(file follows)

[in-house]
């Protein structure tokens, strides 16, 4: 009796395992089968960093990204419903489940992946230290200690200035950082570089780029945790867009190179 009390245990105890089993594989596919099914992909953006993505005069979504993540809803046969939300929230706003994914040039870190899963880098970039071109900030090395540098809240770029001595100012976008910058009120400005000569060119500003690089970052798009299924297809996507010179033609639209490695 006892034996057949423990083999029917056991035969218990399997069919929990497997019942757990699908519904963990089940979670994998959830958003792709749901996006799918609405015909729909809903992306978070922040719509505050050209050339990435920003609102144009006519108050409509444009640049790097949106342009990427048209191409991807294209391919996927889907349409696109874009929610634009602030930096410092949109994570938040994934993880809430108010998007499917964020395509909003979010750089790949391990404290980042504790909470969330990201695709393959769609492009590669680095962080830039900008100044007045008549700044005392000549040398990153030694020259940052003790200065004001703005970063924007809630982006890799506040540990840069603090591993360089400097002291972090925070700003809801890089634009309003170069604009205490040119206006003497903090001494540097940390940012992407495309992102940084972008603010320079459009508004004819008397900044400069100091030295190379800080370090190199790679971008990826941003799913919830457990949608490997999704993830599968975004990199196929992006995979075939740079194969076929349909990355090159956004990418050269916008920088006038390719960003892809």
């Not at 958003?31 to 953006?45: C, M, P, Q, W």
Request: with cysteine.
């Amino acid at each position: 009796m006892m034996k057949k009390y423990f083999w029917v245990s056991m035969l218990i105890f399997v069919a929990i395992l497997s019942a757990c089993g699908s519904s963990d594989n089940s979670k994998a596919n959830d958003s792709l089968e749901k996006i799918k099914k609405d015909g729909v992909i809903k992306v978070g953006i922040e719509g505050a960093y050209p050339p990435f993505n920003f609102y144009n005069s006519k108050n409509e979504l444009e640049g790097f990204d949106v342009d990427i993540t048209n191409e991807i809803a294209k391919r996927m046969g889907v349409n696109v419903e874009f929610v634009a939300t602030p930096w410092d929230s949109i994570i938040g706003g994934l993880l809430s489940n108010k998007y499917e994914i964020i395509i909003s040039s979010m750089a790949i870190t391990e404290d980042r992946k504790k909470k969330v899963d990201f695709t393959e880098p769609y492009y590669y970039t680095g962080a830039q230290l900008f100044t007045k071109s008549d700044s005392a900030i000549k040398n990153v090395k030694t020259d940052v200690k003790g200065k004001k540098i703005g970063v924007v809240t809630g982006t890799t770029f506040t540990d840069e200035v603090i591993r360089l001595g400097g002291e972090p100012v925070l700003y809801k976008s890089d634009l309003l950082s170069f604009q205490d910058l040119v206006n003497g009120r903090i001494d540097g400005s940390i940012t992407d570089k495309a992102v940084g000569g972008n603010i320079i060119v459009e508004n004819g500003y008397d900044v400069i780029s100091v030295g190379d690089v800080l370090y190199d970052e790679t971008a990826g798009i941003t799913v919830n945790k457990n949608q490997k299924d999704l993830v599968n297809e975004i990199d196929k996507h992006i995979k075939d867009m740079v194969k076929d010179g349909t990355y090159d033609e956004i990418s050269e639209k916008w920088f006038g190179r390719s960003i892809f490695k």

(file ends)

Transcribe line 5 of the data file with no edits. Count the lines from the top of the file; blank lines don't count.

């Amino acid at each position: 009796m006892m034996k057949k009390y423990f083999w029917v245990s056991m035969l218990i105890f399997v069919a929990i395992l497997s019942a757990c089993g699908s519904s963990d594989n089940s979670k994998a596919n959830d958003s792709l089968e749901k996006i799918k099914k609405d015909g729909v992909i809903k992306v978070g953006i922040e719509g505050a960093y050209p050339p990435f993505n920003f609102y144009n005069s006519k108050n409509e979504l444009e640049g790097f990204d949106v342009d990427i993540t048209n191409e991807i809803a294209k391919r996927m046969g889907v349409n696109v419903e874009f929610v634009a939300t602030p930096w410092d929230s949109i994570i938040g706003g994934l993880l809430s489940n108010k998007y499917e994914i964020i395509i909003s040039s979010m750089a790949i870190t391990e404290d980042r992946k504790k909470k969330v899963d990201f695709t393959e880098p769609y492009y590669y970039t680095g962080a830039q230290l900008f100044t007045k071109s008549d700044s005392a900030i000549k040398n990153v090395k030694t020259d940052v200690k003790g200065k004001k540098i703005g970063v924007v809240t809630g982006t890799t770029f506040t540990d840069e200035v603090i591993r360089l001595g400097g002291e972090p100012v925070l700003y809801k976008s890089d634009l309003l950082s170069f604009q205490d910058l040119v206006n003497g009120r903090i001494d540097g400005s940390i940012t992407d570089k495309a992102v940084g000569g972008n603010i320079i060119v459009e508004n004819g500003y008397d900044v400069i780029s100091v030295g190379d690089v800080l370090y190199d970052e790679t971008a990826g798009i941003t799913v919830n945790k457990n949608q490997k299924d999704l993830v599968n297809e975004i990199d196929k996507h992006i995979k075939d867009m740079v194969k076929d010179g349909t990355y090159d033609e956004i990418s050269e639209k916008w920088f006038g190179r390719s960003i892809f490695k």